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Equipment Report
  • EQUIPMENT

    Are long drivers here to stay?

  • Players on the PGA TOUR have begun testing drivers of increased length as they chase distance. (Patrick Smith/Getty Images)Players on the PGA TOUR have begun testing drivers of increased length as they chase distance. (Patrick Smith/Getty Images)

The Bryson Effect is a real thing. TOUR players are pushing themselves to find five, 10, or even 15 mph of ball speed. Players are hitting the gym, and changing their equipment, in hopes of surpassing the 350-yard barrier.

It was just a few weeks ago when we heard of Bryson’s intention to test -- and potentially put in play -- a 48-inch driver. For those that don’t know, the “normal” TOUR length for a driver is anywhere from 43.5 inches (Rickie Fowler) to the TOUR standard of around 45 inches.

So what does a longer club do? Well, it’s simple: If the whip is longer, the head has more time to speed up and boom—more distance.

So what’s the catch? Accuracy.

Yes, it goes a long way but can get off-line very quickly. Back to the whip example: If that whip has a long way to go but it's coming in on the wrong plane, that equals long in the wrong direction. This is why when you watch a long-drive competition, you will see shafts close to 50 inches—and the vast majority of drives going well wide of target.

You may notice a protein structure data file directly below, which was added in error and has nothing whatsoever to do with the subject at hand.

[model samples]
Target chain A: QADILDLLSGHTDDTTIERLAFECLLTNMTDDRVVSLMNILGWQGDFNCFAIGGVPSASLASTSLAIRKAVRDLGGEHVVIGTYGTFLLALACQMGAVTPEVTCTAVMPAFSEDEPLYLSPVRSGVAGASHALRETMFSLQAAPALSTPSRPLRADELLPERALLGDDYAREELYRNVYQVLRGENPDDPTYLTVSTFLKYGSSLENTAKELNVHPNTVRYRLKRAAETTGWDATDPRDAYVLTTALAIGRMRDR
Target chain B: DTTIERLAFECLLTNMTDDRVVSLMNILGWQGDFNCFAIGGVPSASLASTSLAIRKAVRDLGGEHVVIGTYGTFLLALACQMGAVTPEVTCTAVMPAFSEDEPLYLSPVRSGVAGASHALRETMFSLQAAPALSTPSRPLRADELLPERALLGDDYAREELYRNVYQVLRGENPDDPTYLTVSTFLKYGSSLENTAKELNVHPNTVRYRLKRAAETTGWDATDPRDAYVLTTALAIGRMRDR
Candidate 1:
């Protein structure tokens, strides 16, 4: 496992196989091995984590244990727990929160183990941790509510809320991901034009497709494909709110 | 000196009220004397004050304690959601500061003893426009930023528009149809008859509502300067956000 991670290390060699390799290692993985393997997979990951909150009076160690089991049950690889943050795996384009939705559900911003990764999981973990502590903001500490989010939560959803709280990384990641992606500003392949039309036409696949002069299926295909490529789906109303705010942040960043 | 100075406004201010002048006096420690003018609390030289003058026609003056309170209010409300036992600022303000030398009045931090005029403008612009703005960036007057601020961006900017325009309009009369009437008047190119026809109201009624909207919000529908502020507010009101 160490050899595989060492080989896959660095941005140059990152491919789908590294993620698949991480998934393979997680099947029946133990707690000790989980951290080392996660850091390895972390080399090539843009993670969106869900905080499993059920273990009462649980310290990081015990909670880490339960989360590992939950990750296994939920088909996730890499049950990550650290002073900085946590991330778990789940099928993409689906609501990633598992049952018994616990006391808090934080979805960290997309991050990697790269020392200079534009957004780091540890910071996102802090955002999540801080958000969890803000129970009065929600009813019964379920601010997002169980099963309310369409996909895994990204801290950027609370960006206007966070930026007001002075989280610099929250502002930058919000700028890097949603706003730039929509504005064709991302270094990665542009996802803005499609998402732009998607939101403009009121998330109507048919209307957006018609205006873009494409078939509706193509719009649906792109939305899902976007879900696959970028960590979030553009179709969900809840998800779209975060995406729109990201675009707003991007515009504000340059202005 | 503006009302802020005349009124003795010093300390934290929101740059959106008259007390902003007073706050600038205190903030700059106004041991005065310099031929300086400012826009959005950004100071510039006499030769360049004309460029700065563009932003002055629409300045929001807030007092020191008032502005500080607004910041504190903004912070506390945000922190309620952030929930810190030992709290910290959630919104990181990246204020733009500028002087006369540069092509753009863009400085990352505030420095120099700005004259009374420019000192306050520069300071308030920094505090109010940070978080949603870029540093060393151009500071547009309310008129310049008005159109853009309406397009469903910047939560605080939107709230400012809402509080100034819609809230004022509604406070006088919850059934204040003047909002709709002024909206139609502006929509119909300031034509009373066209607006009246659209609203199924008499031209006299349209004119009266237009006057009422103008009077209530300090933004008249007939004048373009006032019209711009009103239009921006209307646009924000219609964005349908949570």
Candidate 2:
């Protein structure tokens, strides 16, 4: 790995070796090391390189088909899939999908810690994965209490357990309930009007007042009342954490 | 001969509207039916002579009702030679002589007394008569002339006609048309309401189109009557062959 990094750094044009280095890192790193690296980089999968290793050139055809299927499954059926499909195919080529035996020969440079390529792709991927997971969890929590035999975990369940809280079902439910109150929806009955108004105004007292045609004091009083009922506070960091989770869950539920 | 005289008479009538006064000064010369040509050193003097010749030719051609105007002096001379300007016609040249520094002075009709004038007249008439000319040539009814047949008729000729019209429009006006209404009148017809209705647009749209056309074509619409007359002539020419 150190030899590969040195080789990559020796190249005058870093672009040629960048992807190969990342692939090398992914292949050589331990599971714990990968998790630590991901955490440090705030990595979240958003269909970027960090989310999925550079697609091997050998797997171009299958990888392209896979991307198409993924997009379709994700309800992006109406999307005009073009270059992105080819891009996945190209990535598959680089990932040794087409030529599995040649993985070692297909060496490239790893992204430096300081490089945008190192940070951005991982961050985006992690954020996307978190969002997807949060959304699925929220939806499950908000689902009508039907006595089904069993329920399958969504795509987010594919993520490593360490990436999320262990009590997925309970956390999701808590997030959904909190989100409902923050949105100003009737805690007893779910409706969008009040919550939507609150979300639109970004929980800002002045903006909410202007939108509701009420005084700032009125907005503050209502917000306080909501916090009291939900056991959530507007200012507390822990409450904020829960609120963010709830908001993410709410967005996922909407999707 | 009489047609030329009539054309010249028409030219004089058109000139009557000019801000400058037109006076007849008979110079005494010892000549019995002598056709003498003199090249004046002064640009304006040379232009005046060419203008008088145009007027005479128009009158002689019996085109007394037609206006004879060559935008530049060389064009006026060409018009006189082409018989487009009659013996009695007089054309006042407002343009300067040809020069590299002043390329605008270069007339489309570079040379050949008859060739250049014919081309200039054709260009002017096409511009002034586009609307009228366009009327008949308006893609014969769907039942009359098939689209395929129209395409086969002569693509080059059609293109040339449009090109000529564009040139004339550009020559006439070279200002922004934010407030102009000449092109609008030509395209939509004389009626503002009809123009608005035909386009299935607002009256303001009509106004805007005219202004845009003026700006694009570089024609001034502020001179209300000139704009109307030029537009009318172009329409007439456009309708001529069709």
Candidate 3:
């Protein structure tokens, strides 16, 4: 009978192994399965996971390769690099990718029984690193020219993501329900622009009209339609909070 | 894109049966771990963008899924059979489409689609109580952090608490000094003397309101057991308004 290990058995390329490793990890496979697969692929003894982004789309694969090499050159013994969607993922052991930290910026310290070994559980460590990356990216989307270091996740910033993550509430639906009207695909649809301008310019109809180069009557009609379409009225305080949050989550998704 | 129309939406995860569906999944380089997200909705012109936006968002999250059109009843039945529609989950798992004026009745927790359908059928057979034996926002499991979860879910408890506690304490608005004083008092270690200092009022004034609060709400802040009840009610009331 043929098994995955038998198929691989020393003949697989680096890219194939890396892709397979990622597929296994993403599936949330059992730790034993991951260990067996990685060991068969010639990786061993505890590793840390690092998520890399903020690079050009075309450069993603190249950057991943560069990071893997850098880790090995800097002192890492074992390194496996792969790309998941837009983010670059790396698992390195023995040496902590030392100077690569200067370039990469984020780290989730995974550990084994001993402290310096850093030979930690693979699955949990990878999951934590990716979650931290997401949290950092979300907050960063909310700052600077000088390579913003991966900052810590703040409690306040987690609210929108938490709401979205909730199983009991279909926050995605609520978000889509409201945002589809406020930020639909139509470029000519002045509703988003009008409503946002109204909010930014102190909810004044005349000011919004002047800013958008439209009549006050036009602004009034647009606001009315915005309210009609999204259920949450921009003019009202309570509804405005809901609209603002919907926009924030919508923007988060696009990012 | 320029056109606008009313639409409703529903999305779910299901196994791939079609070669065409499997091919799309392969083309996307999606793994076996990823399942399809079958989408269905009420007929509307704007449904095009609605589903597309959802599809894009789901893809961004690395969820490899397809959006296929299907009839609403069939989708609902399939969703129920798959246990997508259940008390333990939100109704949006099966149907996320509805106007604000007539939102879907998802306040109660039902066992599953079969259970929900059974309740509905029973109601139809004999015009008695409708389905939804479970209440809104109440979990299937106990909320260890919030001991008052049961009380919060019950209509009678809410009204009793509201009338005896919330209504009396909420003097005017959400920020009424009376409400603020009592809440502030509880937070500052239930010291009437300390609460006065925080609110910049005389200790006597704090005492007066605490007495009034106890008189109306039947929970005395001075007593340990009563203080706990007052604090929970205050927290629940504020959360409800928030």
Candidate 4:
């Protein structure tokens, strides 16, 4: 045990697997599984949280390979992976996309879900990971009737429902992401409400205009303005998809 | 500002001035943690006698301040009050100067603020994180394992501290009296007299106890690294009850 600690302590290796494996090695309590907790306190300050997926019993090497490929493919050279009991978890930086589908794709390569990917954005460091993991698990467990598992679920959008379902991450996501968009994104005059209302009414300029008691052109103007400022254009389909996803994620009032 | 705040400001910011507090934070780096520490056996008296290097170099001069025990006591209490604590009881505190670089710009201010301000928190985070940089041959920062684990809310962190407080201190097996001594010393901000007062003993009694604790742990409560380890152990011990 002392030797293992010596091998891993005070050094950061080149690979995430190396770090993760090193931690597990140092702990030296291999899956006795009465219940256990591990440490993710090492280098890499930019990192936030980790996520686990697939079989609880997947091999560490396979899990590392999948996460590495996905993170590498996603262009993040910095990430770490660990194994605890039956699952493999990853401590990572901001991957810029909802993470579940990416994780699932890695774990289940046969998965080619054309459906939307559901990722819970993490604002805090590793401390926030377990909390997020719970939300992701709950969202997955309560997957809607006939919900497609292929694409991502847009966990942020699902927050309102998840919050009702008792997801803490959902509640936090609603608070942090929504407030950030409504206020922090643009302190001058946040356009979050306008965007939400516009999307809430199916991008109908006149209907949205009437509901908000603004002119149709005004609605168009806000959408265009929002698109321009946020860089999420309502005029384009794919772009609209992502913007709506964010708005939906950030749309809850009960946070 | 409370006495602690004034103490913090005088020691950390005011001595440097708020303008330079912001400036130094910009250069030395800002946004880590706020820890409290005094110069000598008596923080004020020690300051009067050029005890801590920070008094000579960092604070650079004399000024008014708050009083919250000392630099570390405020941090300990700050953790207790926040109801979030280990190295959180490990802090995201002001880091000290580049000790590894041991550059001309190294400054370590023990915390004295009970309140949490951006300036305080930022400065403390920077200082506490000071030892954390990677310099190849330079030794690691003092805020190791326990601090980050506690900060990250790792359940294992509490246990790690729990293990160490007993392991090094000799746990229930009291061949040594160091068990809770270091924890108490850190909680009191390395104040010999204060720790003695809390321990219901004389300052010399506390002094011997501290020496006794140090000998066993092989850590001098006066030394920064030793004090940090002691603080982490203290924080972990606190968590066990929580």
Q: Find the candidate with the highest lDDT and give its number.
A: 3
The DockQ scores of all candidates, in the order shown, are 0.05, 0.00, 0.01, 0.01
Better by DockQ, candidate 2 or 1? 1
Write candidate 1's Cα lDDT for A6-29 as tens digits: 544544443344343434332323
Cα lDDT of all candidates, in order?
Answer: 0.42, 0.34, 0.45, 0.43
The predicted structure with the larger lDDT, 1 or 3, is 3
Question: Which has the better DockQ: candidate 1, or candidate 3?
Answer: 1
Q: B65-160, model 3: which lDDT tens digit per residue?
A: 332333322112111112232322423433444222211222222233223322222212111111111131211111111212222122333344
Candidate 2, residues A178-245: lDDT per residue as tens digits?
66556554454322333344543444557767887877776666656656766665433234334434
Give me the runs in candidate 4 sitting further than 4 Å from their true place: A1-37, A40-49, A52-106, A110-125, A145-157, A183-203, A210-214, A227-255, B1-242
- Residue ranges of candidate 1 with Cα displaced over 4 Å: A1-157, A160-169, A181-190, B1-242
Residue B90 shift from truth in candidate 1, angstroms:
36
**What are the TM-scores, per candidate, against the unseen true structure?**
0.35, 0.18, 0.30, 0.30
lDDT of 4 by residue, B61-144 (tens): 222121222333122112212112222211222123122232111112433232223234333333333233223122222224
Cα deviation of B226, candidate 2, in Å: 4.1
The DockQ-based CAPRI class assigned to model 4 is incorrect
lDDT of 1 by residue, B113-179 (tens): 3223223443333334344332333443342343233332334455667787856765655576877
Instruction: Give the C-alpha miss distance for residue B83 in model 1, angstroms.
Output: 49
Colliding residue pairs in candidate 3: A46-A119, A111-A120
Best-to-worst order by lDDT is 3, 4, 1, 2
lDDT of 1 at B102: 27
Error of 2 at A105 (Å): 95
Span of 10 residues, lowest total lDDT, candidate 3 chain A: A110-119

Another element of the long drive world: The person swinging the club is more likely to look like a lineman than Justin Thomas. It takes ridiculous strength to generate and control 140 mph of clubhead speed with a driver that’s more than 4 feet long.

Nevertheless, Bryson’s competitors are at least circling the bandwagon, if not fully jumping on board, and are asking PGA TOUR reps to build them long sticks.

Will this trend stick around? We don’t think so. At a place like Augusta National (or Kapalua), it could make some sense since the track doesn’t penalize the errant tee shot as much as the average TOUR venue. Over the course of the PGA TOUR schedule, however, it makes very little sense to use the longer drvier.

Yes, distance is a big advantage. Strokes gained stats bear this out every year, but players can’t play from the rough on every hole. At some point, a player reaches a point of diminishing returns. The benefit of hitting it 375 yards versus 360 aren’t as grandiose as you would imagine.

But it sure is fun to watch in the meantime!

Here are a few notable players that have gone to or tested longer drivers:

Bryson DeChambeau: 48-inch LAGolf Rebar Proto 60

- You can imagine the launch numbers and 200-plus mph ball speed, although there’s a very slim chance it sees action this week.

Phil Mickelson:  47.5-inch KBS TD 60 C5 TX

- Mickelson has been testing for weeks. He’s seeing ball speeds in the mid 180s with a 310-315 carry. As of now, it’ll see action at Augusta.

Viktor Hovland: 47 and 48-inch Project X RDX 60G 6.5

- Strictly for off-season testing

Adam Scott: 46-inch Fujikura Ventus Red 6 X

- Led the field in driving distance last week in Houston at a 326.4 clip.

Dylan Frittelli: 46-inch Mitsubishi Tensei CK Pro White 60 TX

Vijay Singh: Testing (no further details)

Dustin Johnson: Testing (no further details)